"I had another baby after you were born." Her daughter now agape in disbelief, this secret held for 30 years and never told has her catching her breath, " . . but he died.", Ivy continues, "It was long ago and before they could stop it."  Glycerine tears slide silently from normally stoic eyes now forced downwards and gazing on vein-protruding hands as she laments with gentleness the loss she'd held inside. Hands that pulled beer for well-oiled punters, hands that cleared the till at 3am, hands that prepared meals, stroked on make-up too thick for a woman of her age. Hands that once cradled a son, now long gone. "What?" The gentle inquisitiveness in her daughter's voice rising to urgency. "I had a baby after you. He was born yellow," her mother continues, "We just thought it was jaundice but he died two months later. There was a wake in Auntie Doris' parlour. You were only three, do you remember?" She feels the phantom push in the small of her back and is transposed to the time of patent shoes and solitary imaginings while women wept in the parlour. All she'd been told was that it was a 'grown up thing' and not to worry, to 'go and play' and hadn't thought of it since preferring to dance with fairies and eat strawberries straight from the plant.

Those were the days when being ARH- was fatal to a second born. The first born child was safe. Successive children died with the toxic melding of mother's and foetal blood. Long before the advent of RHI Immunoglobulin. This Pamela knew, a nurse, a mother RH negative herself, she'd had the shot and produced four children, healthy, happy, loved. The pang of heartbreak barely visible, it made her catch her breath. As Ivy left the stain of tannin in her cup and swallowed the bitterness of her own memory, Pam also remembered.

At once it flooded back like the first time she'd grazed a knee or winded herself falling from a swing. The tears, the parlour, the grief, the reluctance to go and play, the white lies that were never explained. The pinches on the cheek, the sobbing women and dour men. Nothing more was said, the pain shared with a glance, a look, a daughter's open palm on a crying mother's face. Yes, she remembered . . the baby in the box.

Created for 10th Daughter of Memory - White Lies Belie a Darker Truth


  1. god, this one hit me hard...one of the hardest images in my mind was burying my 6 month old nephew...coffins should not be that small...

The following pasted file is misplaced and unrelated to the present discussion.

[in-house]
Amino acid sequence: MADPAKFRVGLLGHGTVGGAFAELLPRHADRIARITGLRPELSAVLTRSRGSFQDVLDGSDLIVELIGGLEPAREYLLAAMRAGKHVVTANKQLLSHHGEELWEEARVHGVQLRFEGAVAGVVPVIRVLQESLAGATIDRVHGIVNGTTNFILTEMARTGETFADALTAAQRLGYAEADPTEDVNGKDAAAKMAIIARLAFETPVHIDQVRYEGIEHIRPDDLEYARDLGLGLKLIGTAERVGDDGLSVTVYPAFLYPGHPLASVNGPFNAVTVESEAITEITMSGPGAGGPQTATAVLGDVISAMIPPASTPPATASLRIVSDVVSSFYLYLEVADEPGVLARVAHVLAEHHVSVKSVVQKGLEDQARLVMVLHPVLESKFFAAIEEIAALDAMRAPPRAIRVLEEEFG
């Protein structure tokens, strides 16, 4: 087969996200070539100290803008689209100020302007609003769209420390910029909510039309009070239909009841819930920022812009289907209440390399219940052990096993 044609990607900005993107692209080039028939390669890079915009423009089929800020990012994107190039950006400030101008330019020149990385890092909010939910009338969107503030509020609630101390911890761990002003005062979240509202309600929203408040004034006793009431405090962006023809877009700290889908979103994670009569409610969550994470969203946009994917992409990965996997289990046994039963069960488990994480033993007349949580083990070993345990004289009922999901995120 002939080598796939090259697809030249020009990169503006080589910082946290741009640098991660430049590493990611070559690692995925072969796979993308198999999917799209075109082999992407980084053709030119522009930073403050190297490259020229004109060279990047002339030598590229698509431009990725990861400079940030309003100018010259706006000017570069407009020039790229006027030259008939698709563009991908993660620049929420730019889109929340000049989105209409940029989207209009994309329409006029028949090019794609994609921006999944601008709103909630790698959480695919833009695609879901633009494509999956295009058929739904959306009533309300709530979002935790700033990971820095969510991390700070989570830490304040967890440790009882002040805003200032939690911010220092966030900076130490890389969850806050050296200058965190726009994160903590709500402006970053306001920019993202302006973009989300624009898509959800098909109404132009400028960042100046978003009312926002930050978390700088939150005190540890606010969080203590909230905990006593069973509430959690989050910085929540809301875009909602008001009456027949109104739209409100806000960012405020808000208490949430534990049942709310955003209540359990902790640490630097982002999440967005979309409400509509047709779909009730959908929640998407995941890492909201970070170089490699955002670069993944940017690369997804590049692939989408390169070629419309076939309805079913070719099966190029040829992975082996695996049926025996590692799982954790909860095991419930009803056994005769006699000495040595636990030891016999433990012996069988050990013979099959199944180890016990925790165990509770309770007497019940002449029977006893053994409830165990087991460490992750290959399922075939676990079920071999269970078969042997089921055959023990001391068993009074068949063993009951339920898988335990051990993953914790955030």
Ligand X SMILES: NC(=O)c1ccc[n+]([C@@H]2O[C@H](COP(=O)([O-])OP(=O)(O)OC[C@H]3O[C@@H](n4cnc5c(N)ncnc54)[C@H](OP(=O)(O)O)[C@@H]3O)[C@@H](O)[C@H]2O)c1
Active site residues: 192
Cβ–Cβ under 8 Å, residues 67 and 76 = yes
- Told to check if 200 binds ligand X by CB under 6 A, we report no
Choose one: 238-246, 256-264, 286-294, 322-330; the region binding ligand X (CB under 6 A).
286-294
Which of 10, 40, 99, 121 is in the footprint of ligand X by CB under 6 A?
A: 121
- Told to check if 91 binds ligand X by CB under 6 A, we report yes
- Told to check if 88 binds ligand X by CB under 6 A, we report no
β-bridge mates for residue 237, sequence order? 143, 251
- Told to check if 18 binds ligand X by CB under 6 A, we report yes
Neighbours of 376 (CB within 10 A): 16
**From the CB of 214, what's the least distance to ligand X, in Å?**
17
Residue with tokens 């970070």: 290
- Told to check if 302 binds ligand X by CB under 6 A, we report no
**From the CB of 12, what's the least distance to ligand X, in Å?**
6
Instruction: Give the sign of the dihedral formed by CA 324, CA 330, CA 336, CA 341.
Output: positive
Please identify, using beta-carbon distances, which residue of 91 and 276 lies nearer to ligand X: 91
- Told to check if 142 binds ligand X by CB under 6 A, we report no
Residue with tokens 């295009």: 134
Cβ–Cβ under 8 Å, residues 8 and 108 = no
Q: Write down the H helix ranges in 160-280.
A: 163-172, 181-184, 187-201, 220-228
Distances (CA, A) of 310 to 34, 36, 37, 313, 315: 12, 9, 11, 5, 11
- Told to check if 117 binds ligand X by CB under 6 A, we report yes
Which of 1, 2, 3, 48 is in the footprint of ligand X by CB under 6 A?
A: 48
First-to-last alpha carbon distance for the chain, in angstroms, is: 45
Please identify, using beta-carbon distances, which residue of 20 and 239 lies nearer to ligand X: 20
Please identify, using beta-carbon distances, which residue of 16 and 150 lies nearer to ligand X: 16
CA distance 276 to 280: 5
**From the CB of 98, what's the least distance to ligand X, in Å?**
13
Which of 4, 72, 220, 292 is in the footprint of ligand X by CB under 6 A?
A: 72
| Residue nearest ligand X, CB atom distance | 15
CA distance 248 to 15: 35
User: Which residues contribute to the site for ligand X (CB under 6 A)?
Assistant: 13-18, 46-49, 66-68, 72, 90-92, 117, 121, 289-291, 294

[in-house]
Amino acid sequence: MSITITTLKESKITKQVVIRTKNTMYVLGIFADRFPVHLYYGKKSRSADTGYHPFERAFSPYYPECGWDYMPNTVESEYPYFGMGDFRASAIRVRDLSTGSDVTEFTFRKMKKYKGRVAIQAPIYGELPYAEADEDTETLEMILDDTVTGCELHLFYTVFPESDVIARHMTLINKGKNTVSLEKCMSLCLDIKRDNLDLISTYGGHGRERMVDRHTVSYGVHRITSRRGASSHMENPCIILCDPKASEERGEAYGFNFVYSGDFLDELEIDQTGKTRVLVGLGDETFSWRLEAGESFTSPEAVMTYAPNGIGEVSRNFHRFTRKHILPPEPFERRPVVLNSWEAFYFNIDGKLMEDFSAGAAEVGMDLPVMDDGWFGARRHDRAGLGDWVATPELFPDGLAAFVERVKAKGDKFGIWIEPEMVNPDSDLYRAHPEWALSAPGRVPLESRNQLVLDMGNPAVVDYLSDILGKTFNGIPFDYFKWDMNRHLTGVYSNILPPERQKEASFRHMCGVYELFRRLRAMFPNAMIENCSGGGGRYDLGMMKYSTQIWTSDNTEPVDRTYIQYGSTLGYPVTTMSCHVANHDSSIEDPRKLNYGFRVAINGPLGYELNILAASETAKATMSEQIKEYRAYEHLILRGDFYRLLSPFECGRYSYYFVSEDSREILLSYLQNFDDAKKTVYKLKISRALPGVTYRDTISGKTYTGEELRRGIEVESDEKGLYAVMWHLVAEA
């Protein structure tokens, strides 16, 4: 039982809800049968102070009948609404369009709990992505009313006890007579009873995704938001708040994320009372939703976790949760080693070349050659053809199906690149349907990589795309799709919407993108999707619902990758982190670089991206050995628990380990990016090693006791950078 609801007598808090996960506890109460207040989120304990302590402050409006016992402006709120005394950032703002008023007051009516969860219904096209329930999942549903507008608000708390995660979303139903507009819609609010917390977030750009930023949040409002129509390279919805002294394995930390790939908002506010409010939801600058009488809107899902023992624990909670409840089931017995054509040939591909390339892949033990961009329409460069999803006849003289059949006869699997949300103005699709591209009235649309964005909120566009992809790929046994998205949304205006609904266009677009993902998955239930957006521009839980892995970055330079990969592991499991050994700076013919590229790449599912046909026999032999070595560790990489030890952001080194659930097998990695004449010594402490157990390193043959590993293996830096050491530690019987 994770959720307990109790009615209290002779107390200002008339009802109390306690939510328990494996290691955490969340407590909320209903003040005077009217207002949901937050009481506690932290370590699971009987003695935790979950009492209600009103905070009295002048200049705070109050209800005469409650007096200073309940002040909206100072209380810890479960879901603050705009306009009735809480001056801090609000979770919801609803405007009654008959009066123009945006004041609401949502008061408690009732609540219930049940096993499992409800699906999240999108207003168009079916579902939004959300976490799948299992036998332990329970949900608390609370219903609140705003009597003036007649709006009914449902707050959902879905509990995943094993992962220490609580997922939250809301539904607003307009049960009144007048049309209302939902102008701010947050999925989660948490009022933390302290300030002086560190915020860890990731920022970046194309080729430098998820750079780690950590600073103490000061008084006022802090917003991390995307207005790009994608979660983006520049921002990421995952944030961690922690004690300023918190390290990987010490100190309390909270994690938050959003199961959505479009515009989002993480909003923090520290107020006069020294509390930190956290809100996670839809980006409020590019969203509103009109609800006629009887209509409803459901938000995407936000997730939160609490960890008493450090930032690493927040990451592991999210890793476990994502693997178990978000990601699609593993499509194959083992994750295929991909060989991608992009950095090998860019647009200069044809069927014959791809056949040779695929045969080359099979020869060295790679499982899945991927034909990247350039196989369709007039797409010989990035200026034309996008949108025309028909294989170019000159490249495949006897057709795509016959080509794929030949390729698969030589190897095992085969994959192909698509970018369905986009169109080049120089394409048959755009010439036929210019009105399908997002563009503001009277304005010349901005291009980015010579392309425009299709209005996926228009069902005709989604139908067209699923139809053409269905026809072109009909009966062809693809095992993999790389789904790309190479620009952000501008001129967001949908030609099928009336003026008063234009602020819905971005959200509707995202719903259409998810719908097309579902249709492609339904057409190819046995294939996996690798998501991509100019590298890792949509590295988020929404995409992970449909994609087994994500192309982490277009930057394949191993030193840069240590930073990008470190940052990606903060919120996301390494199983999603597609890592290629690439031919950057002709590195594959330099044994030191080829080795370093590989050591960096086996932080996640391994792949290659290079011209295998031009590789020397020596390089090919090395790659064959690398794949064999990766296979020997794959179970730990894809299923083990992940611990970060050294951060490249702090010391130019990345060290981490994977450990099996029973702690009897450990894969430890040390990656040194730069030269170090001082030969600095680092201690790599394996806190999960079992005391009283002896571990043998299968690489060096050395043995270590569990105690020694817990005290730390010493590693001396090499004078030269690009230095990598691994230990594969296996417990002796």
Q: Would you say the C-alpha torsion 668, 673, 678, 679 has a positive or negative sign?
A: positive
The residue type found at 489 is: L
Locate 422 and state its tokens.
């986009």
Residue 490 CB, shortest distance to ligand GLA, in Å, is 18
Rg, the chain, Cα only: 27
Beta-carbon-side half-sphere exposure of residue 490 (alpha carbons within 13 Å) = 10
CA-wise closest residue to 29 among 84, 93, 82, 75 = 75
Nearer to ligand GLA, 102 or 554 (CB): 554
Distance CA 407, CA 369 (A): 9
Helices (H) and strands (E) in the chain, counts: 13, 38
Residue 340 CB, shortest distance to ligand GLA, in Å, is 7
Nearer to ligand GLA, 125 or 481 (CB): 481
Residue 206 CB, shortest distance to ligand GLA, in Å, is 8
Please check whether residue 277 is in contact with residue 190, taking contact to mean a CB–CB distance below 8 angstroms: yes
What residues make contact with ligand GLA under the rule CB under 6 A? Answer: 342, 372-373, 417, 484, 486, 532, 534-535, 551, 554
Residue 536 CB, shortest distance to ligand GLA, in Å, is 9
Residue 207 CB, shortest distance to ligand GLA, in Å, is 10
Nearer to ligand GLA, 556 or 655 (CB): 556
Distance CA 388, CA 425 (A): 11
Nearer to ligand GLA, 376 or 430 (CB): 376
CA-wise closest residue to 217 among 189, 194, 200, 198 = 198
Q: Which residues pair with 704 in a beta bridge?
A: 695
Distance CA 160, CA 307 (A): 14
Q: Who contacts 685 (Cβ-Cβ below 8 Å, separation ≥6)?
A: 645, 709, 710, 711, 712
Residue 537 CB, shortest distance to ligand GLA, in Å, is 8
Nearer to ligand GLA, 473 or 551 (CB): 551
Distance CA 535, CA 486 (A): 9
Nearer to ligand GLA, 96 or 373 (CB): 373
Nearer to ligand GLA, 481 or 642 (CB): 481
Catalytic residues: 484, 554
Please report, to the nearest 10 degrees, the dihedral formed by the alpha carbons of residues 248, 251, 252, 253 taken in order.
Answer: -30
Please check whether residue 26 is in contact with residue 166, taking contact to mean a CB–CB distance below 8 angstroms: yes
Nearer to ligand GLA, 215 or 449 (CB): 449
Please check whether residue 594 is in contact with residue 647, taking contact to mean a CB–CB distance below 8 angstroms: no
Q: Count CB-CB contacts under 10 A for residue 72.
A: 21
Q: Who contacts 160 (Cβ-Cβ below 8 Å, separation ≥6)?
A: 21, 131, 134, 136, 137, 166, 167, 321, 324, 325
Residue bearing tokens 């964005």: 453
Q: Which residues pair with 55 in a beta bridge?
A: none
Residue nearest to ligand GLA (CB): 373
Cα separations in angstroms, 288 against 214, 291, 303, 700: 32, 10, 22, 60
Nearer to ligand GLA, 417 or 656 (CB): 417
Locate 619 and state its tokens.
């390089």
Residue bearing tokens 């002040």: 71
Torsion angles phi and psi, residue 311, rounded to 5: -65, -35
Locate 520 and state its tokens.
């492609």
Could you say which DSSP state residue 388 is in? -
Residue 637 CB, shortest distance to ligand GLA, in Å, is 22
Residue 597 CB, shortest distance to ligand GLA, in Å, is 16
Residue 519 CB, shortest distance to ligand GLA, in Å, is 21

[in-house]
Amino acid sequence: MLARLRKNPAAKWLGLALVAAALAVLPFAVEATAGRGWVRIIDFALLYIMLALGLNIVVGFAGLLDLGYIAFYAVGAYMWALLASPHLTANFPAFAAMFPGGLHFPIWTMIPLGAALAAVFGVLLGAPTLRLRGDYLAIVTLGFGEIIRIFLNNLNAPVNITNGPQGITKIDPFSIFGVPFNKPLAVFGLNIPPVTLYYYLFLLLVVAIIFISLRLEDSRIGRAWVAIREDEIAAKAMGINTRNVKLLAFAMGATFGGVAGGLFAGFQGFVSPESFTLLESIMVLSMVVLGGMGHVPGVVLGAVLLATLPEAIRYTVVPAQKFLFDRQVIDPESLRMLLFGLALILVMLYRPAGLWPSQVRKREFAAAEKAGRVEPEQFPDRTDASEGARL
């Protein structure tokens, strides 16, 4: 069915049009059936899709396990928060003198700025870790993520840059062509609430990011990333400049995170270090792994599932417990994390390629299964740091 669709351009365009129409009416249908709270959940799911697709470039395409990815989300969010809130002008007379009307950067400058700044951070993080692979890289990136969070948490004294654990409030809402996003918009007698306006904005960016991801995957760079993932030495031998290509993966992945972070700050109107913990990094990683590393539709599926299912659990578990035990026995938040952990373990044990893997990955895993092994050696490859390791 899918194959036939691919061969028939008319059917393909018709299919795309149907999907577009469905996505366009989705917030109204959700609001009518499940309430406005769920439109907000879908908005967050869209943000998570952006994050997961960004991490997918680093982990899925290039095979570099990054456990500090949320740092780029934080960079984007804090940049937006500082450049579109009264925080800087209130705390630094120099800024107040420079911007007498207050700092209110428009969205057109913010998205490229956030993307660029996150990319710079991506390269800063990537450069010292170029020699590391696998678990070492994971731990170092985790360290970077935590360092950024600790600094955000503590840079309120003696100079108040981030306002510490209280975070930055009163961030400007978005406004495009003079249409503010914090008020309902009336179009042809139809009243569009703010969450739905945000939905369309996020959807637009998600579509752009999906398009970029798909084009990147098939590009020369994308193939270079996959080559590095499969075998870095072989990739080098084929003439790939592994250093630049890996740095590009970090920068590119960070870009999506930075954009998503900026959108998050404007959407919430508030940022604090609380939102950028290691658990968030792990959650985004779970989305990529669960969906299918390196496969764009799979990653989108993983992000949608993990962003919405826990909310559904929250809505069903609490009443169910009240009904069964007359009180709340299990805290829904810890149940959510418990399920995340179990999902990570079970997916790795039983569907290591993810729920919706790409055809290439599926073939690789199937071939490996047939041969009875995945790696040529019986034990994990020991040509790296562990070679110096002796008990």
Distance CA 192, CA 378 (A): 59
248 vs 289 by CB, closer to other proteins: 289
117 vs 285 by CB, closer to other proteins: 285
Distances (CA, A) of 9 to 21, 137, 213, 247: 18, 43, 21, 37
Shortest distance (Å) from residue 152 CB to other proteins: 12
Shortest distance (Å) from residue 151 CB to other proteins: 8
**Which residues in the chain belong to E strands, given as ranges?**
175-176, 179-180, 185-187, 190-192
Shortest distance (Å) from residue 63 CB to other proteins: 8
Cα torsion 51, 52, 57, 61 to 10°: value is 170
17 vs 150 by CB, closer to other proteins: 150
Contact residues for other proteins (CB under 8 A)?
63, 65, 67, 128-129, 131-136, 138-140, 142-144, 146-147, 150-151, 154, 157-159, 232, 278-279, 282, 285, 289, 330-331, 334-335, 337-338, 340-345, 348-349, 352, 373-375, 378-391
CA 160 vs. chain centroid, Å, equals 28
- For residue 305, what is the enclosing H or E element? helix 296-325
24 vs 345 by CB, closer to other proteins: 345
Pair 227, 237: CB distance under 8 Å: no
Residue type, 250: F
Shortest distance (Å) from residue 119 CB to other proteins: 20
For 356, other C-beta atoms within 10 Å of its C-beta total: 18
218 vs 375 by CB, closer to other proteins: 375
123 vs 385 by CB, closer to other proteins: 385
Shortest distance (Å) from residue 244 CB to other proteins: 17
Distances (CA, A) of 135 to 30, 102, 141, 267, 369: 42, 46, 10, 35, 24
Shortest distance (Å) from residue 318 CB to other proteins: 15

2. aw, so sad. i haven't thought of the rh- thing in ages...perfect fit for the muse

  3. I had a bit of deja vu with the whole box in the parlour part. How horrible would it be to have your own child in that box?

  4. As an encapsulated moment, this works, but I still have the feeling that it's missing something. Also, I love that this is still your unique style, but that you're incorporating stuff from Australian Breakfast writing. Consciously or not, it works.


    Edit? Not sure if this is an honest typo or a difference between American and British-English, but you .", after dialog once or twice.

  5. Now there's a memory that needed a good solid answer. Haunting. I like the line, "...a daughter's open palm on a crying mother's face..."

  6. This one hurts. A fear every mother has, some to the paranoia of never trying again. 3 babies lost to good friends this year. One took a photo anyway. A baby in his mother and father's hands - no one can believe he's not just sleeping.

  7. Exquisite write up, the pain of a mother and the surprise at revelation of buried truth is well accounted.

  8. What a sad piece, beautifully written.

  9. It is strange how memories can change-up when more is revealed. -J

  10. I really liked your physical descriptions: "Glycerine tears," 'Gin queen," and 'bar wench.' They made imagining the scene so much more vivid

  11. I missed the transition from past to present at first. Still really enjoyed this though.